In addition, disposable plastic bags make our groceries more expensive. Stores pay anywhere from $1 to $6,000 per month on disposable bags. The stores then add that cost into groceries and products. The average hidden cost of bags that consumers pay is $37.50 every year. Consumers use 100 billion plastic bags per year. More than 90% end up in landfills where they are not exposed to elements that would degrade them. We cannot let this go on any longer. Plastic bags continually block drainage systems and put poisons into the water supply. Many animals mistakenly eat plastic bags and as more animals eat each other, the pollutants go up the food chain, and eventually end up on our dinner tables. It’s time we take control of the environmental impact of our actions by getting rid of disposable plastic grocery bags.

Commissioners wanted to recognize the girls’ hard work and dedication, so they presented them with a special coin on behalf of Jefferson County.

The girls talked with Dan Daru of Fox31/KDVR-TV after the second meeting with Commissioners: https://bit.ly/2Pa3Jtv

On Tuesday, July 31, the girls were interviewed by Ashley Michels of Fox31/KDVR-TV: https://bit.ly/2OAvfAo

Silver Award project: Capes with “healing powers”

Submitted by Jennifer Redmond

Metro Denver

Aurora

We are creating “capes with healing powers” for our Silver Award project! We are designing a sewing class in conjunction with JOANN Fabrics where Girl Scouts and community members alike can learn to sew and create capes for sick kids in the hospital. We will hand deliver all of the capes along with care packages of crafty and fun things to do in the hospital.

Make a child’s day! Help them feel strong and have fun. Anyone can help. We created packets with sewing instructions and a pattern to hand out to people in the community who can sew. We will collect all of the capes and deliver them to the hospital. We have a goal of collecting 100 capes by January 1, 2019!

This story was submitted using the Share Your Stories form. You can share your Girl Scout moments, too.

Silver Award project: Plastic bag ban

Submitted by Girl Scout Cadette Troop 62458

Metro Denver

Littleton

We are Girl Scout Cadettes Ella M., Amanda B., Mia J.,  and Giana A. from the Columbine area in Littleton. As part of our project to earn our Silver Award, today (July 31, 2018), we proposed a ban on the use of disposable plastic bags in Jefferson County before the Jeffco Board of County Commissioners. In Colorado, we see plastic bags littering our rivers and highways, and in trees all over our parks. The plastic bags degrade into our rivers, lakes, and reservoirs polluting our water, therefore damaging our ecosystem.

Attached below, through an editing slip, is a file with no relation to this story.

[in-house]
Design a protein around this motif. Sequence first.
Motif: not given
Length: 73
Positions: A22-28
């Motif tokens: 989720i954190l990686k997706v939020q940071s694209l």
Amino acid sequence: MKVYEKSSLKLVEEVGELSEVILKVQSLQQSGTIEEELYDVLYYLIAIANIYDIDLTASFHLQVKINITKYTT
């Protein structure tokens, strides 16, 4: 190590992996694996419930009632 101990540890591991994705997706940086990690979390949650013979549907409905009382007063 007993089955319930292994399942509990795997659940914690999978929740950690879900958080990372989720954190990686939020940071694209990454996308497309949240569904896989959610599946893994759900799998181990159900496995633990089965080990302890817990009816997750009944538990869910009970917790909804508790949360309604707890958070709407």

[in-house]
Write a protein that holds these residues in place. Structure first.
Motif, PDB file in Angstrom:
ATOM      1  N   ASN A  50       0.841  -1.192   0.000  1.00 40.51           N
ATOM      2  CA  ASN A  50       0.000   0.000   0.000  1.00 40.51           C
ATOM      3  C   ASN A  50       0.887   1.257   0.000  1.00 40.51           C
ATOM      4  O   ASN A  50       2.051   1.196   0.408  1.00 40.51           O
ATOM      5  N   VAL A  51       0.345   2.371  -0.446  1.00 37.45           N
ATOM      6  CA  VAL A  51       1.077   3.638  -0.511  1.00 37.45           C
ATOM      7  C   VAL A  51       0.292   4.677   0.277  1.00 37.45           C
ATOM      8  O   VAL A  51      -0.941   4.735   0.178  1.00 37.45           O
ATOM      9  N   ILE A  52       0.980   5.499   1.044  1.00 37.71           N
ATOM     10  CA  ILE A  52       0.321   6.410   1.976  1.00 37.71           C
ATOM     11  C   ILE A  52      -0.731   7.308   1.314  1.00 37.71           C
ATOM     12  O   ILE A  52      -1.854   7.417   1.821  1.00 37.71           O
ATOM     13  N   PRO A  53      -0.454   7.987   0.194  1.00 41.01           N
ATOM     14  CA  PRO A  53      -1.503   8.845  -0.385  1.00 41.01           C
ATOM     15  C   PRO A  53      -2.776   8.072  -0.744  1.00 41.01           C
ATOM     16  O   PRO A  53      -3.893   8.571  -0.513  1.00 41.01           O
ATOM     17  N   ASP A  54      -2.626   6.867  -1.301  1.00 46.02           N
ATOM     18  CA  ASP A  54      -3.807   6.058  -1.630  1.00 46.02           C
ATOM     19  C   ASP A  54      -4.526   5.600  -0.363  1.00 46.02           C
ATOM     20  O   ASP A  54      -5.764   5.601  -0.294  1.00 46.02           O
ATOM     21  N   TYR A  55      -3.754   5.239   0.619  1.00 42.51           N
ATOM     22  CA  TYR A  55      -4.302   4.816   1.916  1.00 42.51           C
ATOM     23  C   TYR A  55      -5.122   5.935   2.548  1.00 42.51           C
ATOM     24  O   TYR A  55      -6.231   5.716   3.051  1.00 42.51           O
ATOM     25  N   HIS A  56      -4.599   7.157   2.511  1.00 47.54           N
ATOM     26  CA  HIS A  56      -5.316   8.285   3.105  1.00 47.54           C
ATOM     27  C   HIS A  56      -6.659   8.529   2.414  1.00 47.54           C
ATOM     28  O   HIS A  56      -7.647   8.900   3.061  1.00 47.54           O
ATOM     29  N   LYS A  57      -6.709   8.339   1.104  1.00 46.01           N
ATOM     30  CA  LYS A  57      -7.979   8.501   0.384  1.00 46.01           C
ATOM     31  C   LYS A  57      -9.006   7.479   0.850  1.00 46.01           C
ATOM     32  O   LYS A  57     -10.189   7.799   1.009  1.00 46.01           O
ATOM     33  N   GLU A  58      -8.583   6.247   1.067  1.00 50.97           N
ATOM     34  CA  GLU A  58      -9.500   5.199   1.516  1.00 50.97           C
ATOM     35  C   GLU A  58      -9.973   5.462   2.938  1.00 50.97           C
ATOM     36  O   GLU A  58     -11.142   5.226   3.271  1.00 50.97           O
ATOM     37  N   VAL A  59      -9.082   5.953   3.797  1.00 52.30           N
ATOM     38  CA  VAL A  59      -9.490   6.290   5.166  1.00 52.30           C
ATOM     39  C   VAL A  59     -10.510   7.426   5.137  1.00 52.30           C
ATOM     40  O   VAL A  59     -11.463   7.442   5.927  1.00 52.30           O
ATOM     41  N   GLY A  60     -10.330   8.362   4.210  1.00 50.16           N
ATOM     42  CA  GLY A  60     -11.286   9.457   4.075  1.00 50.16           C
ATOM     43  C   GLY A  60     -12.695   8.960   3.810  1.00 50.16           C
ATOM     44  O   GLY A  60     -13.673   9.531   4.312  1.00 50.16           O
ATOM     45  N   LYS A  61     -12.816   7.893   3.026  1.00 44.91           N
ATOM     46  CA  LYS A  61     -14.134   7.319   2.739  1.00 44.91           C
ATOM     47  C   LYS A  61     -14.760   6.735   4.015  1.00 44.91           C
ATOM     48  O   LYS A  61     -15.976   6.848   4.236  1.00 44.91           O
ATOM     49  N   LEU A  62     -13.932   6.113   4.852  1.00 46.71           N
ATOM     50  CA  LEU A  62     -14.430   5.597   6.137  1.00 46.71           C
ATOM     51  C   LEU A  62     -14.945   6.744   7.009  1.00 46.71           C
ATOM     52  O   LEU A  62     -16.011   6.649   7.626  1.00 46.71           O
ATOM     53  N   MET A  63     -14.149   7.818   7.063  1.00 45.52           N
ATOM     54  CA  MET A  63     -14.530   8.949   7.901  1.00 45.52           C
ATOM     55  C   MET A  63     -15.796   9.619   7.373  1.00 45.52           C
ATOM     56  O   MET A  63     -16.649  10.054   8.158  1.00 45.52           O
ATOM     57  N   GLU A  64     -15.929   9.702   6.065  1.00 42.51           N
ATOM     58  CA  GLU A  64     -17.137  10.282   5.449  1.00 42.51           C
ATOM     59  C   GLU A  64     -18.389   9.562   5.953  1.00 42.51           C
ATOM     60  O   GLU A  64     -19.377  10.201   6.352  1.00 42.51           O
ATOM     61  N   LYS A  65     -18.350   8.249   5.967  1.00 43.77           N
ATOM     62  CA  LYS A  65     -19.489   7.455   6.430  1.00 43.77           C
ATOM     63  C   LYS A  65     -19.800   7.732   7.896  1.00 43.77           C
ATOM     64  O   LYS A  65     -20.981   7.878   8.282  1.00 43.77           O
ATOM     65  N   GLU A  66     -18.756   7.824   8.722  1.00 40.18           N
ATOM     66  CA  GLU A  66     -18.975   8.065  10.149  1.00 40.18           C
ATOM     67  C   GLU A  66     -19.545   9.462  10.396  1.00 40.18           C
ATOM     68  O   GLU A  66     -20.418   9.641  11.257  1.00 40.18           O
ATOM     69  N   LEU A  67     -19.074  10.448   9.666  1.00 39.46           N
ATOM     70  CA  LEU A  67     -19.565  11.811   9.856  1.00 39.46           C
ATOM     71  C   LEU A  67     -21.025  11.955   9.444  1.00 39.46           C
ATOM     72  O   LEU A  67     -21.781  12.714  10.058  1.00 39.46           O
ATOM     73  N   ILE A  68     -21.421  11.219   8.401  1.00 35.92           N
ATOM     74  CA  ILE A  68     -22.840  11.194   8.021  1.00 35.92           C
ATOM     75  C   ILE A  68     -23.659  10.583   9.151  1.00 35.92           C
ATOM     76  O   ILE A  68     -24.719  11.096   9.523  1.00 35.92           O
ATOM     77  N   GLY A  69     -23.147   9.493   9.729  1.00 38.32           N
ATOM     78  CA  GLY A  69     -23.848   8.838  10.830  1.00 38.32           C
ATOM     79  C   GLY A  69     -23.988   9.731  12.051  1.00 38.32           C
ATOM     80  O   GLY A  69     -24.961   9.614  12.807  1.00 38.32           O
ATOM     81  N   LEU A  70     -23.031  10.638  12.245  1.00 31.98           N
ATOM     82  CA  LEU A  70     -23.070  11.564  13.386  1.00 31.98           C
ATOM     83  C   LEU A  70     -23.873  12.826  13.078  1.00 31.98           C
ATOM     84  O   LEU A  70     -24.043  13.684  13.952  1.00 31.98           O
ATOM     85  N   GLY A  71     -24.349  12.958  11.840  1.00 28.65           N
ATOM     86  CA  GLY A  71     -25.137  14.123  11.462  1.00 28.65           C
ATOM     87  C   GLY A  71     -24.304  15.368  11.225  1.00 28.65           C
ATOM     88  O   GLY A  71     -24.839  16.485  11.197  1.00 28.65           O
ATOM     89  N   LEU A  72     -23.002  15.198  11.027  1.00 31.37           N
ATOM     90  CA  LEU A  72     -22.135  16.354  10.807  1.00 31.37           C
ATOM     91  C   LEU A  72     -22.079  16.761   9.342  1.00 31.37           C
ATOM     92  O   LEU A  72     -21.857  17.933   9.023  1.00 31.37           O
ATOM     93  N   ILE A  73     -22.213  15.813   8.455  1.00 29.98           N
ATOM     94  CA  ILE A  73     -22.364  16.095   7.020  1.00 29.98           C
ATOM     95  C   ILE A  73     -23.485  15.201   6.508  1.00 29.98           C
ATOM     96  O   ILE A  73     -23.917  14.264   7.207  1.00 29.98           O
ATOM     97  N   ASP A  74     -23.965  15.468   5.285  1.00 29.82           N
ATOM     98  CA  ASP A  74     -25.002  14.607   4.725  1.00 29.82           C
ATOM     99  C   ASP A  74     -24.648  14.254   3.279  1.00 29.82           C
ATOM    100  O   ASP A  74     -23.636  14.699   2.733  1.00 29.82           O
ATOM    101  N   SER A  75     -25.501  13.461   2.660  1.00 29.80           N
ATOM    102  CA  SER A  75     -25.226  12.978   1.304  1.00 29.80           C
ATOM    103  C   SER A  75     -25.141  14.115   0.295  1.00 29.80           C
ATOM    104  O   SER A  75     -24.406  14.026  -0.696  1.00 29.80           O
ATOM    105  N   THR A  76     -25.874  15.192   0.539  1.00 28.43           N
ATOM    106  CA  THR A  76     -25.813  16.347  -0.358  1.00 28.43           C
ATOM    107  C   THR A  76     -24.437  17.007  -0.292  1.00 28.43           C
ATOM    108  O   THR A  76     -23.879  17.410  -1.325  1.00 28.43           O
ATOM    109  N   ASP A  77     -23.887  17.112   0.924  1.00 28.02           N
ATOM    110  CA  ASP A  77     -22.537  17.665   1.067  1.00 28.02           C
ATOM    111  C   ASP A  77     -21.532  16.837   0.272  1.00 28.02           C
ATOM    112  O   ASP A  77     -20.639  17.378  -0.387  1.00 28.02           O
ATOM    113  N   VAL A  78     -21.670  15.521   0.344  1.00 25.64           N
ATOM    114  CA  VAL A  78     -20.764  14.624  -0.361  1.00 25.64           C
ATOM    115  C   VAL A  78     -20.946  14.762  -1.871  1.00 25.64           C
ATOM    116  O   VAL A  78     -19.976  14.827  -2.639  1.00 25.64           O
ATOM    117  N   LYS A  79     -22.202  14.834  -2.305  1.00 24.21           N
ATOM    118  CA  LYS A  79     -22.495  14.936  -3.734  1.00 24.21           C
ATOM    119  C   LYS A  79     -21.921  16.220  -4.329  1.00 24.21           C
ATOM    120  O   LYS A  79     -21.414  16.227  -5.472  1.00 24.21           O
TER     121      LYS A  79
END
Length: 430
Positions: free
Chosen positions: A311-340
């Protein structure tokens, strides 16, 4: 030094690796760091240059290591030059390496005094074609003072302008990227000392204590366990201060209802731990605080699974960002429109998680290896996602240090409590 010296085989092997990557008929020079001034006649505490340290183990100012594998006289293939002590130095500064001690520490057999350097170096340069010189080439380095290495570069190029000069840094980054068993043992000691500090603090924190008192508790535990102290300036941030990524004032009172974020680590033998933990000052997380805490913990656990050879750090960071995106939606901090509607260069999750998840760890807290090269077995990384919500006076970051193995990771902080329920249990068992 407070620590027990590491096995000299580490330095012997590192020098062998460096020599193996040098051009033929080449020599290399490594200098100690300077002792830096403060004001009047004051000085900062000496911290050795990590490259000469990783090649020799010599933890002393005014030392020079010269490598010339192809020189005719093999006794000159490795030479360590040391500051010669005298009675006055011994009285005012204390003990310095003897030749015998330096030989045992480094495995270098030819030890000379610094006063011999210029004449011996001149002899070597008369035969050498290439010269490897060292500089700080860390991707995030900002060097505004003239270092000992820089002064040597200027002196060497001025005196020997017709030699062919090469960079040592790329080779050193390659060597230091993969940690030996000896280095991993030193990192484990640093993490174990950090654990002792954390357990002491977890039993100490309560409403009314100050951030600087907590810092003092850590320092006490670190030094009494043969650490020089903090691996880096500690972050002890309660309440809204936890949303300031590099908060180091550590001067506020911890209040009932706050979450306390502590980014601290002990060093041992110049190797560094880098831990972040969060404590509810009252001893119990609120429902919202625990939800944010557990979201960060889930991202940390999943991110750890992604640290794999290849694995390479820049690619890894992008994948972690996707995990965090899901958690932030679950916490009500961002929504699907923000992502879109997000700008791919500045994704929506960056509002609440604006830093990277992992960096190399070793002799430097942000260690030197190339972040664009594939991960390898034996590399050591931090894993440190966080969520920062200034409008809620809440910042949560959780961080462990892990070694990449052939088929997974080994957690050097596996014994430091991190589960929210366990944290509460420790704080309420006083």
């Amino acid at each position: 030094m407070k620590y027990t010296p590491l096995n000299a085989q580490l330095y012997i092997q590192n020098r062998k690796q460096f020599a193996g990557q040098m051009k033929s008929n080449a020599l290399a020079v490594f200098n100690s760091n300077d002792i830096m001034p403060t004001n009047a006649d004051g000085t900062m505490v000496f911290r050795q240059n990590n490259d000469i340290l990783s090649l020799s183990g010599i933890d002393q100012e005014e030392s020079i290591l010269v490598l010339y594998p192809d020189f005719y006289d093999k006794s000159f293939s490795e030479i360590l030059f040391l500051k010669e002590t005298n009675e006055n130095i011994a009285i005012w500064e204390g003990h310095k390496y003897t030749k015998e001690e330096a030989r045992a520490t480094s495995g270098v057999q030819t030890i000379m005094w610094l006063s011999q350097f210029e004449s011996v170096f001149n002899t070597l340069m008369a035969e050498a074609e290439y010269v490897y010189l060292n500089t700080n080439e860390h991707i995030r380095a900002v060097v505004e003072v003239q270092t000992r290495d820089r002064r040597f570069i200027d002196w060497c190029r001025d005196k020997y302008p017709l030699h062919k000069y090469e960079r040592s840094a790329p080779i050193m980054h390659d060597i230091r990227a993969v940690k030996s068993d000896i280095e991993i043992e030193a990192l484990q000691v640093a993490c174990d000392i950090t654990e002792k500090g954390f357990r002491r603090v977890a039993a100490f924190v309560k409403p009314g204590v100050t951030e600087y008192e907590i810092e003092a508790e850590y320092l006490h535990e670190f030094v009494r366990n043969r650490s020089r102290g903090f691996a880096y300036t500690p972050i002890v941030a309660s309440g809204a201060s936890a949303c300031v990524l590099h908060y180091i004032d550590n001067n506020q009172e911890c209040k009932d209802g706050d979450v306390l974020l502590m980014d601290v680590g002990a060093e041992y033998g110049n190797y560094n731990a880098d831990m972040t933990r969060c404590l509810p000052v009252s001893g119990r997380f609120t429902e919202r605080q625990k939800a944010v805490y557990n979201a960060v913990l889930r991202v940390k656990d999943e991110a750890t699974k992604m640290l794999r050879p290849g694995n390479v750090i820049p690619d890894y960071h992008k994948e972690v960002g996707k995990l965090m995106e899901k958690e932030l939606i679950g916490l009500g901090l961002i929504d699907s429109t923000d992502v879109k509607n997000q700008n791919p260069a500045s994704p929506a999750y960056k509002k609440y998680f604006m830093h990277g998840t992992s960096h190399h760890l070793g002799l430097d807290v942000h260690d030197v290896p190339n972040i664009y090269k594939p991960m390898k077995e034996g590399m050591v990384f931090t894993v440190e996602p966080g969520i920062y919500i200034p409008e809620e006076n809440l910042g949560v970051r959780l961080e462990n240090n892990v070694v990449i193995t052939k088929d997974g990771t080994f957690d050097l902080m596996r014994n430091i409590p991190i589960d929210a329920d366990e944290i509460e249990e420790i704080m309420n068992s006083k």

In addition, disposable plastic bags make our groceries more expensive. Stores pay anywhere from $1 to $6,000 per month on disposable bags. The stores then add that cost into groceries and products. The average hidden cost of bags that consumers pay is $37.50 every year. Consumers use 100 billion plastic bags per year. More than 90% end up in landfills where they are not exposed to elements that would degrade them. We cannot let this go on any longer. Plastic bags continually block drainage systems and put poisons into the water supply. Many animals mistakenly eat plastic bags and as more animals eat each other, the pollutants go up the food chain, and eventually end up on our dinner tables. It’s time we take control of the environmental impact of our actions by getting rid of disposable plastic grocery bags.

On Tuesday, July 31, 2018, the girls were interviewed by Ashley Michels of Fox31/KDVR-TV. Use this link to watch the story. https://bit.ly/2OAvfAo

This story was submitted using the Share Your Stories form. You can share your Girl Scout moments, too

 

Big city fun for mountain town Cadettes

Submitted by Annie Sachs

Mountain Communities

Steamboat Springs

Steamboat Springs Cadette Troop 54538 recently celebrated earning their Bronze Award (as fifth-graders) with a Denver weekend of theater and fine dining! The girls loved the touring Broadway musical “School of Rock,” especially with all the children in the cast. They also enjoyed a behind-the-scenes tour of DCPA and capped off the weekend with the famed Brown Palace brunch. Thanks so much to the Lufkin Family for helping fund all the fun!

This story was submitted using the Share Your Stories form. You can share your Girl Scout moments, too.